The Office of Congressional Ethics on Thursday released an update to the investigation into Democrat Rep. Alexandria Ocasio-Cortez.
The Committee said there is “substantial reason to believe” AOC “accepted impermissible associated with her attendance at the Met Gala in 2021” that violated “standards of conduct and federal law.”
BREAKING: The Office of Congressional Ethics has released a statement in which they say there is “substantial reason to believe” AOC “accepted impermissible associated with her attendance at the Met Gala in 2021” that violated “standards of conduct and federal law.” pic.twitter.com/cR215TfY6J
— Greg Price (@greg_price11) March 2, 2023
AOC was under investigation for accepting an “impermissible gift” to attend the Met Gala.
“Specifically we believe Representative Ocasio-Cortez has violated clause 5 of Rule XXV of the Rules of the House of Representatives (commonly known as the Gift Rule) by accepting admission to the Met Gala, an event whose per seat costs is reported to range from $35,000 to $50,000 without having a permissible exemption to allow the acceptance of the lavish gift,” the American Accountability Foundation wrote last year.
“If Representative Ocasio-Cortez has used campaign funds to pay for this ticket, she has also violated FEC prohibitions on campaign funds being used for entertainment purposes,” they added.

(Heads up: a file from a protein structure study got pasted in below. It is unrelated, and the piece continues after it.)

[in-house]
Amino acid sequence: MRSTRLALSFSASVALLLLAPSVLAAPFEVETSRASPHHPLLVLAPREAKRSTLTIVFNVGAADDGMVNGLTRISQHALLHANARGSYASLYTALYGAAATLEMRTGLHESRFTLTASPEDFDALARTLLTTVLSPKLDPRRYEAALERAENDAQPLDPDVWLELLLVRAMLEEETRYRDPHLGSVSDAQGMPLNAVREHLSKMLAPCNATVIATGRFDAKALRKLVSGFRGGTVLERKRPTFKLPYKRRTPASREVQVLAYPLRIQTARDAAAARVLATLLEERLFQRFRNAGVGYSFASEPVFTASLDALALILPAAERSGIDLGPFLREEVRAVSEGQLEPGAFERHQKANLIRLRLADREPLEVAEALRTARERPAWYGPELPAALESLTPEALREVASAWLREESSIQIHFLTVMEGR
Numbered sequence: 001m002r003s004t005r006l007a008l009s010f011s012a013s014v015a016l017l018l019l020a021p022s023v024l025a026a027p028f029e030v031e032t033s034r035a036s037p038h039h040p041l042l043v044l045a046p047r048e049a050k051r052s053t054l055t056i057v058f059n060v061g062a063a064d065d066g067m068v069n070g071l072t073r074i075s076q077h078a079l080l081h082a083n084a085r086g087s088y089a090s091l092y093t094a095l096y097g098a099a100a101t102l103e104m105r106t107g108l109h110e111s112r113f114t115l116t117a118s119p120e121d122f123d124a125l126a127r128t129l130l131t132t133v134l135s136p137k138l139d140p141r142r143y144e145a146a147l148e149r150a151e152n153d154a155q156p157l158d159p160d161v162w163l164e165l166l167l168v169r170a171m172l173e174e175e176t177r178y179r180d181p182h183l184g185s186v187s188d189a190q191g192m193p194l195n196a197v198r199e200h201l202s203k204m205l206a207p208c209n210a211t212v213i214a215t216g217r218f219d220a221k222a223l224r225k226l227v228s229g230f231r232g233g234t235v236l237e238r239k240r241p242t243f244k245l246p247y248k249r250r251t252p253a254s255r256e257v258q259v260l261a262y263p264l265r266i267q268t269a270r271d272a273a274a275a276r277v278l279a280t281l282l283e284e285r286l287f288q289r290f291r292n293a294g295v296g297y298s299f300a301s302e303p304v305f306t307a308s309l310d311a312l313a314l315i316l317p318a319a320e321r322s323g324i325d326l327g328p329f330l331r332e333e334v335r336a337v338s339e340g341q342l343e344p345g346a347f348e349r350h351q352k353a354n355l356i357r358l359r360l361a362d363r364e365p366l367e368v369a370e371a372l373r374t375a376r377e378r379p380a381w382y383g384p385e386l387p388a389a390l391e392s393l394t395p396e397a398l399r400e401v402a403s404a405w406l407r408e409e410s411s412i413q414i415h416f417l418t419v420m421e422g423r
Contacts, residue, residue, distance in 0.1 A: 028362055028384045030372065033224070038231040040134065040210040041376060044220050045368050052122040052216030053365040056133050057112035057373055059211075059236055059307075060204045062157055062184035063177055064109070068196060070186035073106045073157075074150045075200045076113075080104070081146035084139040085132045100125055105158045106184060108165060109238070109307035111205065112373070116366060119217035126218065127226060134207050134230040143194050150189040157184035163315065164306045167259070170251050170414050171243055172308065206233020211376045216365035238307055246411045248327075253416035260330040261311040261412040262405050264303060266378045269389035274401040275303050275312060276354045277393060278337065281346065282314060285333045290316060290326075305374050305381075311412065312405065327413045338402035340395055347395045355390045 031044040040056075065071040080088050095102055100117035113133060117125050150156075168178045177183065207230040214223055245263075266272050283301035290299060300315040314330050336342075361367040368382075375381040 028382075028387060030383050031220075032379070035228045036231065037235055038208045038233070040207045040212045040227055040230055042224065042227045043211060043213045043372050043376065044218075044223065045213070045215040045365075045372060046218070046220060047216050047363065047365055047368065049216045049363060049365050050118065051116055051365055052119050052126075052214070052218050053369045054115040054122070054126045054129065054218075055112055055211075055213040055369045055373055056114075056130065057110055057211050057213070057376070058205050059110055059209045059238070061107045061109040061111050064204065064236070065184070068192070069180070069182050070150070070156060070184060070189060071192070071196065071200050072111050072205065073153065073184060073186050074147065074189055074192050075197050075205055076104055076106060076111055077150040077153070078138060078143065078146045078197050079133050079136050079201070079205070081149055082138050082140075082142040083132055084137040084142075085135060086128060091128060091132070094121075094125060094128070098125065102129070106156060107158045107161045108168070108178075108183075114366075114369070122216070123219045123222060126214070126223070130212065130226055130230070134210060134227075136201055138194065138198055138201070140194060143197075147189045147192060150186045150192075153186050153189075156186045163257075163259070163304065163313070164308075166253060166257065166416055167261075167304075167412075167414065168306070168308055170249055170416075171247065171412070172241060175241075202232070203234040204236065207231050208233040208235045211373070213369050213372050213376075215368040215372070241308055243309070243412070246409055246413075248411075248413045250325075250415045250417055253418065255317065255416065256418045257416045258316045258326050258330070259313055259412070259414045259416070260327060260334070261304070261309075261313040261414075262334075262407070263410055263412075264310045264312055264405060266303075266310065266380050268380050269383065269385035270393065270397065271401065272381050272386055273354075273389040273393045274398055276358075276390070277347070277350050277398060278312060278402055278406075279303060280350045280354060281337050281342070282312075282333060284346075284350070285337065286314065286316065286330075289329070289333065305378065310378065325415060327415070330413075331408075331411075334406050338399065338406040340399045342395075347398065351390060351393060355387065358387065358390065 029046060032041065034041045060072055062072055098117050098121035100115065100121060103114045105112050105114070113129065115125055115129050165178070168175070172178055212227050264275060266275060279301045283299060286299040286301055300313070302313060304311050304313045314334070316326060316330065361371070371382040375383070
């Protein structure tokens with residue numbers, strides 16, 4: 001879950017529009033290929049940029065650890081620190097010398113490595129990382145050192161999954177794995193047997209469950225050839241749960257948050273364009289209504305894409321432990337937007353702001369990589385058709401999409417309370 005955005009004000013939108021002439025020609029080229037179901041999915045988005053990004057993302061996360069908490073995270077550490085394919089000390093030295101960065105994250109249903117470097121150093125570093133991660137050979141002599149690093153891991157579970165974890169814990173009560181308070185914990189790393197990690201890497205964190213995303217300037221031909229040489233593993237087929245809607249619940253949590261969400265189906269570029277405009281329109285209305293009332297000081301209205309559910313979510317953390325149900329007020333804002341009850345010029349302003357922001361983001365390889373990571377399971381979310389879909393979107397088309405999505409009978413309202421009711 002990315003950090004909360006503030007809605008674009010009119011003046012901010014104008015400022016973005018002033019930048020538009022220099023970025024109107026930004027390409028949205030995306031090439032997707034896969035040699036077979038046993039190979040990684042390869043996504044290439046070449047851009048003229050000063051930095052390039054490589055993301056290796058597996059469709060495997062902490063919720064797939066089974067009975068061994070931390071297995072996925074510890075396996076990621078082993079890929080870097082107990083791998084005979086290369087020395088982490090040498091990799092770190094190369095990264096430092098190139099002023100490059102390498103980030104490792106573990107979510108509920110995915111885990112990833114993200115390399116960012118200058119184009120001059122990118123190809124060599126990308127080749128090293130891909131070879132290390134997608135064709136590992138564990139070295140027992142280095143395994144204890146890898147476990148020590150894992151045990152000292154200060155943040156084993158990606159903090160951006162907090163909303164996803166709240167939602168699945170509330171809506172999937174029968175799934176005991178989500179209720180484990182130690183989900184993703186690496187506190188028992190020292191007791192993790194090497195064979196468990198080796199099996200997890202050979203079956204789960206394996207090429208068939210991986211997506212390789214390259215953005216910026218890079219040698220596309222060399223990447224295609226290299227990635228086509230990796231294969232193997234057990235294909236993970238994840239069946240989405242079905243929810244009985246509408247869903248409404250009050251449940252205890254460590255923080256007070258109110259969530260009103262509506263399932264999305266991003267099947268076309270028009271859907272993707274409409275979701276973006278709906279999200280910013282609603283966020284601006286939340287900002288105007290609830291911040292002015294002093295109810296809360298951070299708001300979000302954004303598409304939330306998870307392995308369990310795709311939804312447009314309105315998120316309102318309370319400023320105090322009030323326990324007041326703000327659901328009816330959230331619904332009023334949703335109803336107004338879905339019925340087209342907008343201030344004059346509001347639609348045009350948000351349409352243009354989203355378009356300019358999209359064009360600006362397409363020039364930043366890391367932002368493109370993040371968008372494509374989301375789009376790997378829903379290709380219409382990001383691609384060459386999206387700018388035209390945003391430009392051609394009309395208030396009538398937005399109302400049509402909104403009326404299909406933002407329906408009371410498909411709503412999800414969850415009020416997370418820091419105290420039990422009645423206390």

Recall, AOC attended the Met Gala last year and donned a “Tax the Rich” mermaid gown.
AOC at the Met Gala
Two separate ethics complaints were filed against Alexandria Ocasio Cortez for her appearance at the $30,000 per ticket Met Gala.
In September 2021, the National Legal and Policy Center joined the American Accountability Foundation (AAF) in filing an ethics complaint for her acceptance of the tickets and the lavish gifts that come along with it.
A spokesperson for the Metropolitan Museum of Art, the charity that receives the proceeds of the Met Gala, told the Caller that AOC was a “guest of the museum.”
On top of all that, Ocasio-Cortez also accepted a ticket for her boyfriend, Riley Roberts. According to House Gift Rules, lawmakers are only allowed to provide a second ticket to a charity fundraiser to a spouse or dependent child.
“Thus, because her boyfriend is not her ‘spouse or dependent,’ her acceptance of an ‘invite plus one’ to the Met Gala would violate the Gift Rule unless AOC or her boyfriend paid for his $35,000 ticket, an unlikely scenario,” the NLPC’s complaint states.
Even the designer “Tax the Rich” mermaid gown that AOC wore might have violated the ethics rules. NLPC’s complaint argues that Ocasio-Cortez’s use of a custom “tax the rich” dress, even if borrowed as she claims, violates the gift rules because the designer used “valuable professional services in designing and making this one-of-a-kind dress.”
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